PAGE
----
Looking back, I can see clearly how stories and books have played such an important role in my life. Stories have served as entertainment and inspiration. They have opened magical portals to unearthly realms and strengthened my imagination. They’ve taught me how to dream and about the beauty of love that exists in our world. They’ve also shown me the twisted depths of evil, vengeance and spite, as well as transporting me into the minds of characters I’ve come to love.

Stories demonstrate parts of the human condition we might otherwise miss because they stretch our perspectives, broaden our senses and nurture qualities such empathy and compassion. Following the journey of even a fictional character can impact us in unexpected ways, particularly when the story theme resonates.

The tween years saw me delving into the chirpy Sweet Valley High series. You know, the accounts of those gorgeous adolescent American twins Liz and Jessica? They had the most interesting life, what with their contrasting traits, boyfriends and other serious teenage dilemmas. For example, what to wear to the Prom night.

We don’t do Prom night here in Australia. We do the Formal. It’s probably something similar minus the corsage. My formal and I resembled an image not unlike Morticia – long black hair, red talons and a black velvety skin-tight mermaid style dress I bought in the city. Turned out, another girl wore the same dress. Oh, the drama! Not me, her. I couldn’t have cared less. She, on the other hand, took one look at me and ran into the bathroom crying. Lol!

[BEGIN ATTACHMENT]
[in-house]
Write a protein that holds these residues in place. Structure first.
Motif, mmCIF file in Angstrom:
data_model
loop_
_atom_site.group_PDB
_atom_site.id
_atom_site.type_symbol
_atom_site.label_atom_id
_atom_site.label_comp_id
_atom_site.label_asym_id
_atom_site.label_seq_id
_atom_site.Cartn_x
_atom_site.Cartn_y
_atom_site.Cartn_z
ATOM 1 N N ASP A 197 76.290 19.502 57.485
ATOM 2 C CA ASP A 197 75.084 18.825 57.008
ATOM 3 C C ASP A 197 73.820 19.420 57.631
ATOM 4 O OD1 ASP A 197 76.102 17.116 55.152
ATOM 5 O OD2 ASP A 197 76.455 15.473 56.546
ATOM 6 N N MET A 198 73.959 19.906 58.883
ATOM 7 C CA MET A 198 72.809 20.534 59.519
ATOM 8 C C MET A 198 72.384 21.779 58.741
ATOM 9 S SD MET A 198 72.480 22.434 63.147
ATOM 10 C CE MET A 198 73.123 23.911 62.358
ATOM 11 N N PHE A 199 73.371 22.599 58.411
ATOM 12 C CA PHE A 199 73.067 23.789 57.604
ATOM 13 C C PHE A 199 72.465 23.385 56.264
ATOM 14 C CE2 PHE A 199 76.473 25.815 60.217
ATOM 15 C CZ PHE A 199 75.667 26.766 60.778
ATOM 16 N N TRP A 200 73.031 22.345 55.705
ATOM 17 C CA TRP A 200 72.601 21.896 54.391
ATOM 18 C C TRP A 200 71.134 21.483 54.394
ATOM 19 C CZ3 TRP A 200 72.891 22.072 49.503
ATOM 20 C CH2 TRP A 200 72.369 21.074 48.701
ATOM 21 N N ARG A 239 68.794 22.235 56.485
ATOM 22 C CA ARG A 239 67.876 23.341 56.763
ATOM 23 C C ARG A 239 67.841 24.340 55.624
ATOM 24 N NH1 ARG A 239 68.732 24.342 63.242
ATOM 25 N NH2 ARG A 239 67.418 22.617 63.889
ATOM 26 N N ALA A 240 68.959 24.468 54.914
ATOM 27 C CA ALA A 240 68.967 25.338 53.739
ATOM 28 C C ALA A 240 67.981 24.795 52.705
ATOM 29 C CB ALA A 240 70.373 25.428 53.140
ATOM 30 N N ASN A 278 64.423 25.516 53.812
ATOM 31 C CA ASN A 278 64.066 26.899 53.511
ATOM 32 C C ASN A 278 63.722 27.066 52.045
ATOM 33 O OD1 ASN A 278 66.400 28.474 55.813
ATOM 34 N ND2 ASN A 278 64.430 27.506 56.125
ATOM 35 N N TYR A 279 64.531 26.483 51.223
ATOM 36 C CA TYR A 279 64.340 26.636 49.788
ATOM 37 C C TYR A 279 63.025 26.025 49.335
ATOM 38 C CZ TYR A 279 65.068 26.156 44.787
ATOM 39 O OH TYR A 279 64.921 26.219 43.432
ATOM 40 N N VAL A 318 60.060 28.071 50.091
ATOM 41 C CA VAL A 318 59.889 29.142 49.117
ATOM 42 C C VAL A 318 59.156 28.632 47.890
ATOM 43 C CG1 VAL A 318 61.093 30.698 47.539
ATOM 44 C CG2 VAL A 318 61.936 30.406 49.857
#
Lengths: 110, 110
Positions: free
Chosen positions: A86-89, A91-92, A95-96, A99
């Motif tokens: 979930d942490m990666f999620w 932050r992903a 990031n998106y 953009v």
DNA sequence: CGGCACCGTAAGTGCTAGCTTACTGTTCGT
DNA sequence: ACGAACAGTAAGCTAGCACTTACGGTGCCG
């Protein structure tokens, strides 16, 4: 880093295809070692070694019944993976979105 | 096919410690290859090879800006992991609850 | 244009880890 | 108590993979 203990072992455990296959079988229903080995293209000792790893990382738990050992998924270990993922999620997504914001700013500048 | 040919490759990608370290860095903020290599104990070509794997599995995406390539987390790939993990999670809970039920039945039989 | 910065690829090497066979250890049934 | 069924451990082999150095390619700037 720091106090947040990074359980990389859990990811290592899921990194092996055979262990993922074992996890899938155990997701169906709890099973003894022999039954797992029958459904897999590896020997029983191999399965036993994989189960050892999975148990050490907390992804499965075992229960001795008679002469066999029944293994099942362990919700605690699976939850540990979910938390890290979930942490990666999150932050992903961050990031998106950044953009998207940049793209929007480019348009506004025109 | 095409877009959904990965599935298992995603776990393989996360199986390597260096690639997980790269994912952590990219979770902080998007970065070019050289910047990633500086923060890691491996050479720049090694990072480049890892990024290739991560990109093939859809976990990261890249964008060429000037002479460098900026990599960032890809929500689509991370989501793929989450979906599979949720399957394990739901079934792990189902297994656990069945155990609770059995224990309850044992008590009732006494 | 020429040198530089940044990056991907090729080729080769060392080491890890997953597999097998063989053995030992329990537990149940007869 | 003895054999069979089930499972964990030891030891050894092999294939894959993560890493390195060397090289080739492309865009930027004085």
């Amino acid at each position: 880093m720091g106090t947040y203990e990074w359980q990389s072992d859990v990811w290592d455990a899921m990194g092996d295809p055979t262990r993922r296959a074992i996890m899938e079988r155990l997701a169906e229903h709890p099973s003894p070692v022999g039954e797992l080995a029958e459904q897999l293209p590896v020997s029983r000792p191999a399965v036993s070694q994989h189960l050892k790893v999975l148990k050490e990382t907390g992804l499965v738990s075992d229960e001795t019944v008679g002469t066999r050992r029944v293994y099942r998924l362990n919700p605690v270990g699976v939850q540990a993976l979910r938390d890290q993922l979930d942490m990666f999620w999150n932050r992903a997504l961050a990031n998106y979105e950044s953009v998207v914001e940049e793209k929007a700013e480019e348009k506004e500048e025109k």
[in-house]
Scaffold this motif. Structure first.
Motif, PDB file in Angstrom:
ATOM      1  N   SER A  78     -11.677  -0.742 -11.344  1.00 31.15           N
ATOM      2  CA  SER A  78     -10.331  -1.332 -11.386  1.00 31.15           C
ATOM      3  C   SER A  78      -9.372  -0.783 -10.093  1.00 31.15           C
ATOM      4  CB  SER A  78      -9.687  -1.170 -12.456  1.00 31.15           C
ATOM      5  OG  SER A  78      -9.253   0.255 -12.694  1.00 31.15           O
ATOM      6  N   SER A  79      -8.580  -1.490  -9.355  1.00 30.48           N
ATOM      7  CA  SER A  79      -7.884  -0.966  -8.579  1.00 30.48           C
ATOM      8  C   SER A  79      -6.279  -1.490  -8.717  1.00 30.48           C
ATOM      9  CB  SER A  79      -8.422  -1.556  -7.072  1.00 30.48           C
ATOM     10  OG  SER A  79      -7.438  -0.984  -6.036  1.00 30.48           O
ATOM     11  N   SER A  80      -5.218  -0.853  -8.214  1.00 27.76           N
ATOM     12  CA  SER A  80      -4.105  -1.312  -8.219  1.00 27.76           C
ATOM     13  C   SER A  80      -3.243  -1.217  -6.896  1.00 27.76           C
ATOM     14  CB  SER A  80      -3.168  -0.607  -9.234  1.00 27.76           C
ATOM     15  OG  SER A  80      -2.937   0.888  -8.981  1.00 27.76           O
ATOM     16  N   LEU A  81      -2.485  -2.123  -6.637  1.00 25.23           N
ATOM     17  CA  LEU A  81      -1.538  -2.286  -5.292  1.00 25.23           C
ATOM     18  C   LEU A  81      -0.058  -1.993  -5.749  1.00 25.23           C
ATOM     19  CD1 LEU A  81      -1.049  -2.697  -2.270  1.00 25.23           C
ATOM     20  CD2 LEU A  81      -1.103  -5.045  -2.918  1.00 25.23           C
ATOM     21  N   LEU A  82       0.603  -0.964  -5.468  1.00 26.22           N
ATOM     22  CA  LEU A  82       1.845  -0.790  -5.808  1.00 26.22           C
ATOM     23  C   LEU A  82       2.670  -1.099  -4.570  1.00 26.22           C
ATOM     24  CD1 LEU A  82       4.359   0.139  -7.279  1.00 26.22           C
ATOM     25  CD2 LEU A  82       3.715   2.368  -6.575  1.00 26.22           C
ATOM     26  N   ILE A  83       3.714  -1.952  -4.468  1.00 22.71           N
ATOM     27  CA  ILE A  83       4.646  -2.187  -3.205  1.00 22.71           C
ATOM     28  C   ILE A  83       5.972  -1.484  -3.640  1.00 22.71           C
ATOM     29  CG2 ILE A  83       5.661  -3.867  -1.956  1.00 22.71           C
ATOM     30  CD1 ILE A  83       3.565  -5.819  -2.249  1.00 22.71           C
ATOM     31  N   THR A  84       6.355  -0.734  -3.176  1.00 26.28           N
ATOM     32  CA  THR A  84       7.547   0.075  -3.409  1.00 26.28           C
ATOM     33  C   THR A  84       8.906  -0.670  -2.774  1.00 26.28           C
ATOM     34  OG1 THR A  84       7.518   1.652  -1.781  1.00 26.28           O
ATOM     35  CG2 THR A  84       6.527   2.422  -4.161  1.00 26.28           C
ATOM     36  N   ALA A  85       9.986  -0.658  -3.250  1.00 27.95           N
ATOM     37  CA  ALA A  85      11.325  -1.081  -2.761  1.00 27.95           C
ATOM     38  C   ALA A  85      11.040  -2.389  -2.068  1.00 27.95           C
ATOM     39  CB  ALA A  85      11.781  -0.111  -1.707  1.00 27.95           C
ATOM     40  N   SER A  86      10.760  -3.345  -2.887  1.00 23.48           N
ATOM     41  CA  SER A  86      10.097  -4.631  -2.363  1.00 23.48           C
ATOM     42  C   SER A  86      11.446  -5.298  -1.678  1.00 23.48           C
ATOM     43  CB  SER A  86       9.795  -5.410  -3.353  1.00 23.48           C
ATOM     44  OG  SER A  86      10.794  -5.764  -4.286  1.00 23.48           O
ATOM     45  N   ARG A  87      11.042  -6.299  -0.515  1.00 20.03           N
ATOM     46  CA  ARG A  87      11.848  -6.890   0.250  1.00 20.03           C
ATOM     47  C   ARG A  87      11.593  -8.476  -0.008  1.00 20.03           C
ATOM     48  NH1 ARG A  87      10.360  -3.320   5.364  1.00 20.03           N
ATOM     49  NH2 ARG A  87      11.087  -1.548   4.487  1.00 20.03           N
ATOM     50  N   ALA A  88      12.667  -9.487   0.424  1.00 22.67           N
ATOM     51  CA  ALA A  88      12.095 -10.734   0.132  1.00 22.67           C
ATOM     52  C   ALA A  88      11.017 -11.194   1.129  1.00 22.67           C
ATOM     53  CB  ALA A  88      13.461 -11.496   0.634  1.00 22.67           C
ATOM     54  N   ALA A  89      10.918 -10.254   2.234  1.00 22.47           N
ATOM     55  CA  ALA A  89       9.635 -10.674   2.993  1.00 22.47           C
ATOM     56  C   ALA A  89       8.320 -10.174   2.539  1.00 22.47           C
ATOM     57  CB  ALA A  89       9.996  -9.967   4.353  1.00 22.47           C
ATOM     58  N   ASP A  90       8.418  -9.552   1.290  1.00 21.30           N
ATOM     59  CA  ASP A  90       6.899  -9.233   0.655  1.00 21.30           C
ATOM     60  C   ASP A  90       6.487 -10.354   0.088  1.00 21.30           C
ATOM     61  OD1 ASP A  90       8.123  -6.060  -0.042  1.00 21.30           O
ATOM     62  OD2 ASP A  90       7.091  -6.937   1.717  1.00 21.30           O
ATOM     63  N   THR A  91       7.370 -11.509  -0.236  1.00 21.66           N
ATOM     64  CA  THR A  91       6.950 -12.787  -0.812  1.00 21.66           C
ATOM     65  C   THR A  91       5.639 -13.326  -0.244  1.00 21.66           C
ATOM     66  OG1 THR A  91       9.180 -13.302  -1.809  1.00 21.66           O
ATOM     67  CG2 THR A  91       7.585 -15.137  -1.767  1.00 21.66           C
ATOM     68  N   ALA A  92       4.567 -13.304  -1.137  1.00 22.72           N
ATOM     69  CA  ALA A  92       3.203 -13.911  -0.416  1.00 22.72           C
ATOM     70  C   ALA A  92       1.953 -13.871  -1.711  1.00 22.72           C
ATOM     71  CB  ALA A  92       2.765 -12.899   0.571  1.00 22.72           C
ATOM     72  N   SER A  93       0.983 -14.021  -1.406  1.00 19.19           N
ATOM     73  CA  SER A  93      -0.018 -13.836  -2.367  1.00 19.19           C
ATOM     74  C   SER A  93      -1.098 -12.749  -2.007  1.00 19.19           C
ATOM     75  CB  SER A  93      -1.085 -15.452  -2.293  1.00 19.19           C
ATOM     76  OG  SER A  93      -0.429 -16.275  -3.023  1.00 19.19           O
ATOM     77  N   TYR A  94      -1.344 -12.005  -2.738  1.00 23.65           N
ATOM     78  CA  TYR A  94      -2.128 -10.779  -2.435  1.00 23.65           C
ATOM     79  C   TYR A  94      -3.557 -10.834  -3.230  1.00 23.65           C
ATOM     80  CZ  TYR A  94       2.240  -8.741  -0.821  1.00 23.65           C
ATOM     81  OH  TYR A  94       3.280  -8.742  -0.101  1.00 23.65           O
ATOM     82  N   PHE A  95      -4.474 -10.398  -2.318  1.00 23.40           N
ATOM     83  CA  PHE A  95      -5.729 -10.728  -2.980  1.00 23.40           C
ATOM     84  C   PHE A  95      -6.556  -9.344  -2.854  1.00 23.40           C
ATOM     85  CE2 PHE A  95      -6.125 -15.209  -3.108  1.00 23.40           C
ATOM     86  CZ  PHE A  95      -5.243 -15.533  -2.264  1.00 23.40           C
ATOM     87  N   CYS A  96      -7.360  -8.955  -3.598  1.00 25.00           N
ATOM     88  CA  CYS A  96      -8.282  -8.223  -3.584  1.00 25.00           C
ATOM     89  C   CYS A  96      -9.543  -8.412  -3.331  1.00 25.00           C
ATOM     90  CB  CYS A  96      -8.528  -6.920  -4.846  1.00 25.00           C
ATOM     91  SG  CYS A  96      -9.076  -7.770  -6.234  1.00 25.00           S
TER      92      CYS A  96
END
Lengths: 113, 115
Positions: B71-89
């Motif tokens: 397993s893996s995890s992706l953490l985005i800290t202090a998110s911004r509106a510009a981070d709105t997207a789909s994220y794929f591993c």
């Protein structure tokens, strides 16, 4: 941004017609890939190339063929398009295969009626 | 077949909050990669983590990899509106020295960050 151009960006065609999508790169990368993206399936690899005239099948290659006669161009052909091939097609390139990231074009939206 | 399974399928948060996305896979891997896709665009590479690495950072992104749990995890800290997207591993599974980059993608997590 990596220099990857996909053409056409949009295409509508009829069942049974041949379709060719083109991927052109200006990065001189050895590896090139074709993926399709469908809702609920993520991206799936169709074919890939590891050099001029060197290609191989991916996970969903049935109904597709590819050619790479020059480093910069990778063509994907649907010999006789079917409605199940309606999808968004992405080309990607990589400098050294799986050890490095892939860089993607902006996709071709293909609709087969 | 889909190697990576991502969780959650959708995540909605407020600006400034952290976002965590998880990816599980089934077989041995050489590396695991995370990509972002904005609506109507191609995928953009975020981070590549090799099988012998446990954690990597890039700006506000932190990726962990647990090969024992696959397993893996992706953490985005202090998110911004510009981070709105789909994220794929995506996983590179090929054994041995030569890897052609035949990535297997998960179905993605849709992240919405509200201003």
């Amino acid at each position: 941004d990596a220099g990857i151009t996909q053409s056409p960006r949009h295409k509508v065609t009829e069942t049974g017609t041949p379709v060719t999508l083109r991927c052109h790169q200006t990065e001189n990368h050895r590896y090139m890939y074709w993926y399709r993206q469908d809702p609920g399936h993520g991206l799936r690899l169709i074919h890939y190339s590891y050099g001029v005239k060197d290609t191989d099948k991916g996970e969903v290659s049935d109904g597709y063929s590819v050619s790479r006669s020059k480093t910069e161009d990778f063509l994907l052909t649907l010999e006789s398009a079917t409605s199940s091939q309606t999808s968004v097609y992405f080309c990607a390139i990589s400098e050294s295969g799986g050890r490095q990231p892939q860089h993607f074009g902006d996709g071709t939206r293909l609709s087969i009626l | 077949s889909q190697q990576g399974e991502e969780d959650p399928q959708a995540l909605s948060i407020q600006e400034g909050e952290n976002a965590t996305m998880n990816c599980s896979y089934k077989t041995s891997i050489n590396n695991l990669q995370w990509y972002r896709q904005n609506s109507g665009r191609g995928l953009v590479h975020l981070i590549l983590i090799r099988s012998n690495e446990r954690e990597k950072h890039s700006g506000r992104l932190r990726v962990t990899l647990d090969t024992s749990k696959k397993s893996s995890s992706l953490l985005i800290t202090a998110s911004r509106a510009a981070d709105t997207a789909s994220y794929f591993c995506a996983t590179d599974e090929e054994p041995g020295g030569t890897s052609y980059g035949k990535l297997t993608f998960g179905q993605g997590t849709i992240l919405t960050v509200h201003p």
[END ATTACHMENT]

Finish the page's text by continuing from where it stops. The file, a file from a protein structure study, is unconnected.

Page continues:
Teenage dilemmas. Sweet Valley High eat your heart out.     

I was drawn to the dramatic, dark works of Virginia Andrews during my later teenage years. I’d read each book in The Dollanganger series several times over; the same holds true for The Casteel series. Ah, Heaven and Dark Angels. If there be ThornsSeeds of Yesterday. These stories are not of the feel-good variety that I enjoyed as a child, or a tween for that matter. They were satisfying nonetheless, even if they caused me to weep uncontrollably and feel an overwhelming sense of injustice and sorrow for the protagonists. How could Julian be such an ass?

Impact. 

Impact enough that I named my first born after one of the characters – and my Julian isn’t an ass. Well, most of the time. Nor is he a dancer as far as I know.

It wasn’t long before the racy and perverted pages of a Jackie Collins novel found itself in my hands. As in, all of them. I reread them a few times over too. God, how I loved Chances and Lovers and Gamblers. Gino Santangelo was like an Al Pacino in my mind … let’s not get into how much I love Pacino. He’s der bomb. Enough said.

“To live in the hearts we leave behind is not to die.”

  • Harold Robbins from A Stone for Danny Fisher.

A Stone for Danny Fisher is a story that looks at the effect of the Great Depression on a lower-middle class Jewish family. It’s also a story that will stay with you long after you finish the last page.